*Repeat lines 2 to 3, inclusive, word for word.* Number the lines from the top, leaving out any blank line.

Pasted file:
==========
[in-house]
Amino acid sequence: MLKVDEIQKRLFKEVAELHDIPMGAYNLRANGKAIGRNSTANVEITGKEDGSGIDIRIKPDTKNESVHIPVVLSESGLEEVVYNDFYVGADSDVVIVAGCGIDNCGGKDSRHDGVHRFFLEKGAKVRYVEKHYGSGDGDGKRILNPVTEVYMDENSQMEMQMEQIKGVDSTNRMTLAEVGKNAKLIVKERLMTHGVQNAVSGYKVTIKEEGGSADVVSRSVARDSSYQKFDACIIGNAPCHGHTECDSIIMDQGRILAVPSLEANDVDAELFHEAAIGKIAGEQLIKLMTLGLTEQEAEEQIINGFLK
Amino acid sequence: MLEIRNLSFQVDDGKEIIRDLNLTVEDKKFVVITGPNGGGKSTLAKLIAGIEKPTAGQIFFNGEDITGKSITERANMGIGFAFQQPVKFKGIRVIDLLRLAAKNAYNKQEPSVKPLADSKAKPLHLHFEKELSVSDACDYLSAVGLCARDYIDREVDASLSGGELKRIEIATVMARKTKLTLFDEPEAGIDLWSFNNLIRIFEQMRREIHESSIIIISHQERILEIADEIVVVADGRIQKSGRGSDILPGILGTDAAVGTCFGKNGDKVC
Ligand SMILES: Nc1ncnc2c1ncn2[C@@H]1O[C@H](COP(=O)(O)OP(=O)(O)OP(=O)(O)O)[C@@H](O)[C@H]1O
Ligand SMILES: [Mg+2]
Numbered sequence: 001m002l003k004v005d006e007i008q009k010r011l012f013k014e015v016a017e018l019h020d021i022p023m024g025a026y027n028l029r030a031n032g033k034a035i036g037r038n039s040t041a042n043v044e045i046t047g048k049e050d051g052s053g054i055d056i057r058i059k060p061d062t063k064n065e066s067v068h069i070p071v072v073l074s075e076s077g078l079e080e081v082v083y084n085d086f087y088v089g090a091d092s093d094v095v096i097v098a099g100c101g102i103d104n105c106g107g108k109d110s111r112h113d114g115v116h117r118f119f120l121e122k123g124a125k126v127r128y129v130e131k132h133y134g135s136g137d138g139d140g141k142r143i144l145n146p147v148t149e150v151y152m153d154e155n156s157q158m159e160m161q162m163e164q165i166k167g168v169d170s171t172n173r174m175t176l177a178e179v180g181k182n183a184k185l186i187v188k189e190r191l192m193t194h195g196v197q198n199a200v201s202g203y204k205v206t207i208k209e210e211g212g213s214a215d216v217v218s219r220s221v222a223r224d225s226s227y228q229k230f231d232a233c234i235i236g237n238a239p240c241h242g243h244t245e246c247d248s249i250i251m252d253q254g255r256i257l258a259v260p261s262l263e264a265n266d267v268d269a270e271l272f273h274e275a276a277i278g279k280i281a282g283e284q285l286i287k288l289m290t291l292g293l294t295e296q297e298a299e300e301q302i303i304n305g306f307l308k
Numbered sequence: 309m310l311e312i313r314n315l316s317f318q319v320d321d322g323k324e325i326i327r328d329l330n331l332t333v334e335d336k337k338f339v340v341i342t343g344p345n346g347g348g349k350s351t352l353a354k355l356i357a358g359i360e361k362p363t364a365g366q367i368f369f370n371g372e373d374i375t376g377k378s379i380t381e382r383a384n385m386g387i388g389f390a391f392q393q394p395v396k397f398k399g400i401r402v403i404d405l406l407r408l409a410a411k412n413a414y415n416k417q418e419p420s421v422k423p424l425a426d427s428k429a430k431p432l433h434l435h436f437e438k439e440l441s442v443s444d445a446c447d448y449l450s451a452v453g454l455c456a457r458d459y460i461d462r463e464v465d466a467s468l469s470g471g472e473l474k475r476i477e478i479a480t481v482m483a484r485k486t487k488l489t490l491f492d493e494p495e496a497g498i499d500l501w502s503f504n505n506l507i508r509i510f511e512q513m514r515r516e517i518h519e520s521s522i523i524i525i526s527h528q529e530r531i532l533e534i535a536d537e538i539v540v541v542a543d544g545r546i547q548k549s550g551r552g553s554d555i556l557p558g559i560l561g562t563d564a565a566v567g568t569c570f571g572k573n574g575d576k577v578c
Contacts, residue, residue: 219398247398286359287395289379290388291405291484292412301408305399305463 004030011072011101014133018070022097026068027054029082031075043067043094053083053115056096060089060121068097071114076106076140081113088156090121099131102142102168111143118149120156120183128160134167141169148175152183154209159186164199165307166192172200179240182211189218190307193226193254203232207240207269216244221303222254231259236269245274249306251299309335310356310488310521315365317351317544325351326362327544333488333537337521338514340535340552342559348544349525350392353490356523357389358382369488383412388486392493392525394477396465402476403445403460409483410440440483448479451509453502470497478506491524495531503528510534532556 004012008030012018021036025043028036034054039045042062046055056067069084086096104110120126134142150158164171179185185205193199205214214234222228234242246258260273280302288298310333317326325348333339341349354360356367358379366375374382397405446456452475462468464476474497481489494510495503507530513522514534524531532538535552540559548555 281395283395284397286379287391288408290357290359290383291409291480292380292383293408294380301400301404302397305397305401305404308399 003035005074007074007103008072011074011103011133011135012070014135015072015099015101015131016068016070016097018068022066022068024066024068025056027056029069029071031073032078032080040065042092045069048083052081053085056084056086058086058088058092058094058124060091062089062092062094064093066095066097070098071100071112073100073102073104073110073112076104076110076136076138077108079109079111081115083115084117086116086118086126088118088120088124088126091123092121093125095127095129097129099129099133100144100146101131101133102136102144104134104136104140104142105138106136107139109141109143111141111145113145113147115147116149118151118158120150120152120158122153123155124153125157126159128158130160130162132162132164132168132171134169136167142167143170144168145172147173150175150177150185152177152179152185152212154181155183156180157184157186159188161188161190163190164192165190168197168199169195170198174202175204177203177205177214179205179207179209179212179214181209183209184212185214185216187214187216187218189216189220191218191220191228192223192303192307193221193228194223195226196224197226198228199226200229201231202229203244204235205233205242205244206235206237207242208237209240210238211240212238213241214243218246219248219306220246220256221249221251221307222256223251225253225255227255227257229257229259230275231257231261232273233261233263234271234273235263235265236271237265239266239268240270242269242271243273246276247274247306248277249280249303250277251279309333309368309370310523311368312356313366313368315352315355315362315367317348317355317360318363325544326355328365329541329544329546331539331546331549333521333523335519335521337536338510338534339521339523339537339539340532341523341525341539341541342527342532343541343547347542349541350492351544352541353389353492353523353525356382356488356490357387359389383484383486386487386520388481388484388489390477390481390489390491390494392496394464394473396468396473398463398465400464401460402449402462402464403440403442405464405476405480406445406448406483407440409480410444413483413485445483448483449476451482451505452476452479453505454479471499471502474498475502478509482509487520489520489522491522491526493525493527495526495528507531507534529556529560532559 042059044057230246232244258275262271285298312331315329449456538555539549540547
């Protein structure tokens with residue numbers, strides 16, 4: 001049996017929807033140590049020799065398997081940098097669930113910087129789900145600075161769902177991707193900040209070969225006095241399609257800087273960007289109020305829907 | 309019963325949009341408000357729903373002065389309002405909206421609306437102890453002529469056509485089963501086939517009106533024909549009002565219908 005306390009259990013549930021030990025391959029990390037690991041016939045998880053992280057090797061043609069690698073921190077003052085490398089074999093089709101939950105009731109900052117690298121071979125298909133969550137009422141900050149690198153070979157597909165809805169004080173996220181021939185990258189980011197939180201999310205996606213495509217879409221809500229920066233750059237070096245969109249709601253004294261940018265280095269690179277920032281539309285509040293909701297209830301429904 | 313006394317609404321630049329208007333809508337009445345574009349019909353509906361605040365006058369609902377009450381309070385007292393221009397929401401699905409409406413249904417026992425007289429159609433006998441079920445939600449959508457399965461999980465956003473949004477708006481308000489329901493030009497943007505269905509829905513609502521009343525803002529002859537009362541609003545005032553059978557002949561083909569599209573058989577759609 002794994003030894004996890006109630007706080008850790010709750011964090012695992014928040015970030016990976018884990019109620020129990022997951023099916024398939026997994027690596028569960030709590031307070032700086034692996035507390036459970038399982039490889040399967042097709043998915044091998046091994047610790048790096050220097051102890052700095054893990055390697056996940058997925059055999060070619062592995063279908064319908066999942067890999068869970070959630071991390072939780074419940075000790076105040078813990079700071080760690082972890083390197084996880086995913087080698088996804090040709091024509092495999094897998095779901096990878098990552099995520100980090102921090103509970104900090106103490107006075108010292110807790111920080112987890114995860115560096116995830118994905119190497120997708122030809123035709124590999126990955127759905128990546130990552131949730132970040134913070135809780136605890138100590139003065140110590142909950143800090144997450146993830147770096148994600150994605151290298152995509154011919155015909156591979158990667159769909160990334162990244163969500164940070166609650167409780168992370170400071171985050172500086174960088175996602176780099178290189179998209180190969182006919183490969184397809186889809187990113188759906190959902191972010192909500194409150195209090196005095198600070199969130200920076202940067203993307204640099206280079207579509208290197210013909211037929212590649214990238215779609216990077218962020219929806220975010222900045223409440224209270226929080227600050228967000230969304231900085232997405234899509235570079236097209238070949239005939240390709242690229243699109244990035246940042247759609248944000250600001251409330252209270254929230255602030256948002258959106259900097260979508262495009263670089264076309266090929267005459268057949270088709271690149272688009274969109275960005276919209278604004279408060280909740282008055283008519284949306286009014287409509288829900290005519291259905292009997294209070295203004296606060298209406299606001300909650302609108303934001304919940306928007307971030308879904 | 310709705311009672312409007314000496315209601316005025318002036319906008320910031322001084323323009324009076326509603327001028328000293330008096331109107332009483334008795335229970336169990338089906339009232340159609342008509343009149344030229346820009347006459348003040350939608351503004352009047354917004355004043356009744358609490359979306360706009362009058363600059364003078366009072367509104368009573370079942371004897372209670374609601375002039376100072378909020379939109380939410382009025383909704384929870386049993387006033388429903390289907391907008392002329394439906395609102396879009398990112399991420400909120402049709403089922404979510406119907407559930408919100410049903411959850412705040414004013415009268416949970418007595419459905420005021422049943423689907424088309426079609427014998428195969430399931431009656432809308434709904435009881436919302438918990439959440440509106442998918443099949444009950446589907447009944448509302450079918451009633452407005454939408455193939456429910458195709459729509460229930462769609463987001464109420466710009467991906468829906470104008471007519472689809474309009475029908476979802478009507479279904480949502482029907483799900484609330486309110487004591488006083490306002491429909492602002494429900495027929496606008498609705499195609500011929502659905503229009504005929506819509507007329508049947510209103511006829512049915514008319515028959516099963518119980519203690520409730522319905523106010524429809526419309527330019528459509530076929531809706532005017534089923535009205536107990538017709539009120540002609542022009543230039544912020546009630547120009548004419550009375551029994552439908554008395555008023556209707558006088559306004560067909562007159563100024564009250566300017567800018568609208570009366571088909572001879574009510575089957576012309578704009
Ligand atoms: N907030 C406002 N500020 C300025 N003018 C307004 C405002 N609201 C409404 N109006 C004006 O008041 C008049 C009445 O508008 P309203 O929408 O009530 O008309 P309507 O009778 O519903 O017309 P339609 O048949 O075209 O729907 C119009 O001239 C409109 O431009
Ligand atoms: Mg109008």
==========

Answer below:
Amino acid sequence: MLKVDEIQKRLFKEVAELHDIPMGAYNLRANGKAIGRNSTANVEITGKEDGSGIDIRIKPDTKNESVHIPVVLSESGLEEVVYNDFYVGADSDVVIVAGCGIDNCGGKDSRHDGVHRFFLEKGAKVRYVEKHYGSGDGDGKRILNPVTEVYMDENSQMEMQMEQIKGVDSTNRMTLAEVGKNAKLIVKERLMTHGVQNAVSGYKVTIKEEGGSADVVSRSVARDSSYQKFDACIIGNAPCHGHTECDSIIMDQGRILAVPSLEANDVDAELFHEAAIGKIAGEQLIKLMTLGLTEQEAEEQIINGFLK
Amino acid sequence: MLEIRNLSFQVDDGKEIIRDLNLTVEDKKFVVITGPNGGGKSTLAKLIAGIEKPTAGQIFFNGEDITGKSITERANMGIGFAFQQPVKFKGIRVIDLLRLAAKNAYNKQEPSVKPLADSKAKPLHLHFEKELSVSDACDYLSAVGLCARDYIDREVDASLSGGELKRIEIATVMARKTKLTLFDEPEAGIDLWSFNNLIRIFEQMRREIHESSIIIISHQERILEIADEIVVVADGRIQKSGRGSDILPGILGTDAAVGTCFGKNGDKVC